Dogs is Dogs

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Dogs Is Dogs
Dogs is dogs.JPEG
Directed by Robert F. McGowan
Produced by Robert F. McGowan
Hal Roach
Written by H. M. Walker
Music by Leroy Shield
Marvin Hatley
Cinematography Art Lloyd
Edited by Richard C. Currier
Distributed by MGM
Release date(s) 21 November 1931
Running time 20:39
Country United States
Language English

Dogs Is Dogs is a 1931 Our Gang short comedy film directed by Robert F. McGowan.[1] It was the 110th (22nd talking episode) Our Gang short to be released.

Plot[edit]

Youngsters Wheezer and Dorothy now live with their wicked stepmother (Blanche Payson) and her bratty son Sherwood — whom they derisively call "Spud." Their father seems to be long gone, though Wheezer tearfully observes that since he said he'd come back for them, "I know he will." The two-tier class system among the humans in the house is reflected by its canine residents: Spud's posh police dog Nero is described by mom as "a pedigreed animal" and has the run of the house, while Wheezer's dog Pete "is nothing but an alley dog" and is banned from entry.

A typical day begins with Pete coming into Wheezer's bedroom through an open window, and Sherwood wastes no time telling on Wheezer, who promptly gets a spanking from six-foot-two-inch Payson. She threatens to send Pete to the pound next time he is found in the house. Wheezer then pops Spud in the face and Spud screams and cries for his "mama-mama-mama." This brings a second barrage of spanking and the threat to throw him and Dorothy into an orphanage if their "good for nothing" father does not show up soon. It also brings tender comfort for Wheezer from Dorothy and Pete, whose close-up reveals big lush tears rolling down his concerned snout. Payson then leaves to go downtown and tells Wheezer to not let Sherwood get dirty.

Outside, we pick up Stymie stopping at Pete's doghouse for a chat about how hungry they both are. Stymie wistfully rhapsodizes about the spread he'd put together for both of them, and we cut back repeatedly to Pete, whose mouth is watering at the mention of all the fine food.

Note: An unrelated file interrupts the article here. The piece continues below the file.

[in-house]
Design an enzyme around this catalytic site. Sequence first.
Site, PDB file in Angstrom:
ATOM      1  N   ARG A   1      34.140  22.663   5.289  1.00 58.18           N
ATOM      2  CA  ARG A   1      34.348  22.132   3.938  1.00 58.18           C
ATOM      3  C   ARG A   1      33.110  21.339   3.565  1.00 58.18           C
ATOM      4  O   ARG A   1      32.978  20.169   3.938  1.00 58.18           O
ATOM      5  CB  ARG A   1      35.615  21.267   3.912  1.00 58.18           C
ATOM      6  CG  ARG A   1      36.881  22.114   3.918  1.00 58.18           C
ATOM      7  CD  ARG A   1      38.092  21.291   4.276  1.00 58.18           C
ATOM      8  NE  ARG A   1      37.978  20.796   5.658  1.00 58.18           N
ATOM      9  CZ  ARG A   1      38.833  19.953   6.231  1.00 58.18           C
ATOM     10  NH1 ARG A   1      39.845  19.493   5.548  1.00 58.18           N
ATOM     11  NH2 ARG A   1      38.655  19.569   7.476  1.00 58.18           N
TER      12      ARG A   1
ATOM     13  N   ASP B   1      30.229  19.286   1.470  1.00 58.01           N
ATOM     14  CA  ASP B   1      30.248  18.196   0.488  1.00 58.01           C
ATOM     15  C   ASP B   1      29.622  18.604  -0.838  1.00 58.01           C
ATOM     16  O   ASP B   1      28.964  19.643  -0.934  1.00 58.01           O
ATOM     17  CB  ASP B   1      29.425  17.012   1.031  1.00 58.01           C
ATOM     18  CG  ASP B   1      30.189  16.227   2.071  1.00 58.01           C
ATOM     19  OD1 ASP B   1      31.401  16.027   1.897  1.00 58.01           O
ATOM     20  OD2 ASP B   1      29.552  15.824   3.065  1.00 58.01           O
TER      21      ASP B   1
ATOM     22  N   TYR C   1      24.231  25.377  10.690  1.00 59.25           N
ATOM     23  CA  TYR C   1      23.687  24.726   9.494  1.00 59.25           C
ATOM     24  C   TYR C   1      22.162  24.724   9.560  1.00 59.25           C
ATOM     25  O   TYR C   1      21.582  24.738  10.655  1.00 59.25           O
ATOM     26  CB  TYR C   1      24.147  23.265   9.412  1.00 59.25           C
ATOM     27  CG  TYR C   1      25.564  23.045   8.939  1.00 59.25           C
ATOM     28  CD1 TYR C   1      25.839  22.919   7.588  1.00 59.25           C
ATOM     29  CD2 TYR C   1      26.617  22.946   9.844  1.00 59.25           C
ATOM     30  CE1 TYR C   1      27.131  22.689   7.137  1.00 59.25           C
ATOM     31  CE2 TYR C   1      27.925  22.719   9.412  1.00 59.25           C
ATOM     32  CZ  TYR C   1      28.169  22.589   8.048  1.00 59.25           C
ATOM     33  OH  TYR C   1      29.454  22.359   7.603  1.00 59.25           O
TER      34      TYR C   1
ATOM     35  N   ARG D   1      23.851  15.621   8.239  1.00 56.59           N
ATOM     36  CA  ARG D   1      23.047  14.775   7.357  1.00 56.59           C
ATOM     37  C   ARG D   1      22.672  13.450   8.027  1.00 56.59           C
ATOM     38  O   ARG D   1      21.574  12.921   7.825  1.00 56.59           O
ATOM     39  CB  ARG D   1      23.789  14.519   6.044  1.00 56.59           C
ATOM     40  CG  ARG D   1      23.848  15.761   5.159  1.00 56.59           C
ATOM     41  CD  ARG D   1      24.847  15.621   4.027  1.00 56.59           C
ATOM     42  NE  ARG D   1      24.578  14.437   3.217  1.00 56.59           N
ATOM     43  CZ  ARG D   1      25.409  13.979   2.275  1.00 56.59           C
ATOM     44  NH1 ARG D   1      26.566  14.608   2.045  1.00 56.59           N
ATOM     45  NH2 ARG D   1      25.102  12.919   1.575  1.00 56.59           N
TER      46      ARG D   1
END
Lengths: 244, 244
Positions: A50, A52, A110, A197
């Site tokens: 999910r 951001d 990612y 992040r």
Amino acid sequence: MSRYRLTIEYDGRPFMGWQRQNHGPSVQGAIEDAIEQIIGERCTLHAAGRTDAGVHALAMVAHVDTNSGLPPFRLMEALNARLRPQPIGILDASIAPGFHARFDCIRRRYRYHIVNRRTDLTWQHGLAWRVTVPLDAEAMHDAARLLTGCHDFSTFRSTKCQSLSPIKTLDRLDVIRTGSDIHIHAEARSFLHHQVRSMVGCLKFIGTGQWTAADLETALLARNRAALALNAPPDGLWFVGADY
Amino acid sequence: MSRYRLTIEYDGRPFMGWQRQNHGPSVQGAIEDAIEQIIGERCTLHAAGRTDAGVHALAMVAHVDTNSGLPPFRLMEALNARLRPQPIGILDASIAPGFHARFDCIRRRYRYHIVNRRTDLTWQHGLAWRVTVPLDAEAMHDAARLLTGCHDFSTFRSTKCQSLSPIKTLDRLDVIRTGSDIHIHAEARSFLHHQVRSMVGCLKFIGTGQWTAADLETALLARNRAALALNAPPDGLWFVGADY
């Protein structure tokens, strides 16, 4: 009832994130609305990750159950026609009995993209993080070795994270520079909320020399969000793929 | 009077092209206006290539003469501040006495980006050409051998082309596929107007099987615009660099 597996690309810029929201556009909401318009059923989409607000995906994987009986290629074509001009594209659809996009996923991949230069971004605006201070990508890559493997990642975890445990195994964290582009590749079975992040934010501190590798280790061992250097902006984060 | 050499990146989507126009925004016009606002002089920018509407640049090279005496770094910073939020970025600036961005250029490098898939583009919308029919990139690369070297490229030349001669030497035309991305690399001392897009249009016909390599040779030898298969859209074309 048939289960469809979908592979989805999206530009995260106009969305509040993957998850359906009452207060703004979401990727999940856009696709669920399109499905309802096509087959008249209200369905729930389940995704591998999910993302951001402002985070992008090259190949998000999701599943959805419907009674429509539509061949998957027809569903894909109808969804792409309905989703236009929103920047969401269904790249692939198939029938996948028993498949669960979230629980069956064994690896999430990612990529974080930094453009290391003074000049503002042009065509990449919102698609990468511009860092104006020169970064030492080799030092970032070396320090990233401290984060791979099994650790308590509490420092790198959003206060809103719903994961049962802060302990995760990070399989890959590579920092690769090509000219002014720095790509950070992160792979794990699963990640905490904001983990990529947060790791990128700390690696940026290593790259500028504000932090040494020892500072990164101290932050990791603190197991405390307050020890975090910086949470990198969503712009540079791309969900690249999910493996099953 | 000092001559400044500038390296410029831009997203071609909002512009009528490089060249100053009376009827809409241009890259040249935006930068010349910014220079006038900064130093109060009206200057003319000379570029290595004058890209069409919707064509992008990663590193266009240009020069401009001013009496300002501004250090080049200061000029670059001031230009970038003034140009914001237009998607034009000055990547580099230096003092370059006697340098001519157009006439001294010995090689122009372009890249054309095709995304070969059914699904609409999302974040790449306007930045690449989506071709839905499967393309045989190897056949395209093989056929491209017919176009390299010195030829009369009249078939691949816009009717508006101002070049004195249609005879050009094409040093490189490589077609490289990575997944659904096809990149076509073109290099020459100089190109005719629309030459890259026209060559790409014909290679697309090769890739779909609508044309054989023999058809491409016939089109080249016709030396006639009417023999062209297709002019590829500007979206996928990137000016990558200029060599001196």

Stymie arrives at the kitchen door, where Wheezer and Dorothy have only mush to eat while Spud and Nero enjoy ham and eggs. Spurred by the aromas of the kitchen, Symie runs a con job on Spud, telling him that ham and eggs can talk: "I heard 'em talkin' this mornin'." To disprove it, skeptical Spud cooks up a heapin' frying pan of ham and eggs, then loses interest and goes outside when the egg-to-ham dialogue fails to materialize. Stymie, Wheezer and Dorothy dig in and enjoy the feast.

Spud, squatting by the edge of a well, is pushed in — by his own dog. He sends Dickie to get Wheezer. Wheezer and Stymie, stretching and in no great hurry, stroll out "to see what the trouble is." They get Spud a rope after teasing him a little while. As they pull him up from the well, he states that he'll be "telling mother about this." Wheezer drops the rope and Spud plunges back in. Then as he pulls him out again, Spud swears he will keep this a secret — until Spud gets his feet on the ground and says "I am too gonna tell Mama!" Wheezer states that the dunking Spud got will be worth the whipping he'll get.

Later, Spud goes to a neighbor's barn and finds that Nero has killed another chicken. He tells the owner, Mr. Brown (Billy Gilbert), that Pete killed the bird. Mr. Brown then tries to shoot Pete, but Wheezer, Dorothy, and finally a policeman (Harry Bernard), stop him. Nevertheless, Pete is sent to the pound because he is unlicensed.

At the pound, Wheezer gazes at Pete through the fence and cries until a kind lady (Lyle Tayo) asks what's the matter. Turns out she is his auntie ("Yes, I am your father's sister") and she gives him the two dollars to spring Petey from the slammer. She then tells Wheezer and Dorothy that their "daddy has been very, very sick" and she would be taking them to live with her in a nice place. As she takes the gussied-up Wheezer, Dorothy and Pete to the chauffered car with all their belongings, the mean stepmother gripes that their father was no good anyway and she was fed up with taking care of the children. Auntie coldly tells the stepmother, "Well, I'm sure you won't be bothered anymore!" The stepmother bends over to straighten the carpet and the aunt comes back to give her a swift kick in the backside. This sends stepmother into a fit of bawling, and when Sherwood tries to comfort her, she yells at him to "oh, get into the house!"

The film closes when Wheezer says to Dorothy that "I sure hate to leave my old pal Stymie," but the final shot reveals Stymie — in a brand new suit of his own — riding comfortably in the spare tire.

Cast[edit]

The Kids[edit]

The Adults[edit]

The Animals[edit]

Reception[edit]

Film critic Leonard Maltin has rated Dogs is Dogs as one of the best Our Gang films in the series.[2]

Notes[edit]

The first several minutes of Dogs is Dogs were edited out of the syndicated Little Rascals television package in 1971 because of the maltreatment of children being portrayed. Likewise, the scene with Stymie and Pete discussing food and some of the ham-and-egg routine were excised for racial stereotyping. The unedited version was reinstated on television and shown on AMC from 2001-2003. The complete, unedited version is currently available in VHS and DVD formats

See also[edit]

References[edit]

  1. ^ "New York Times: Dogs Is Dogs". NY Times. Retrieved 2008-09-20. 
  2. ^ Maltin, Leonard and Bann, Richard W. (1977, rev. 1992). The Little Rascals: The Life and Times of Our Gang, pp. 114-115. New York: Crown Publishing/Three Rivers Press. ISBN 0-517-58325-9

External links[edit]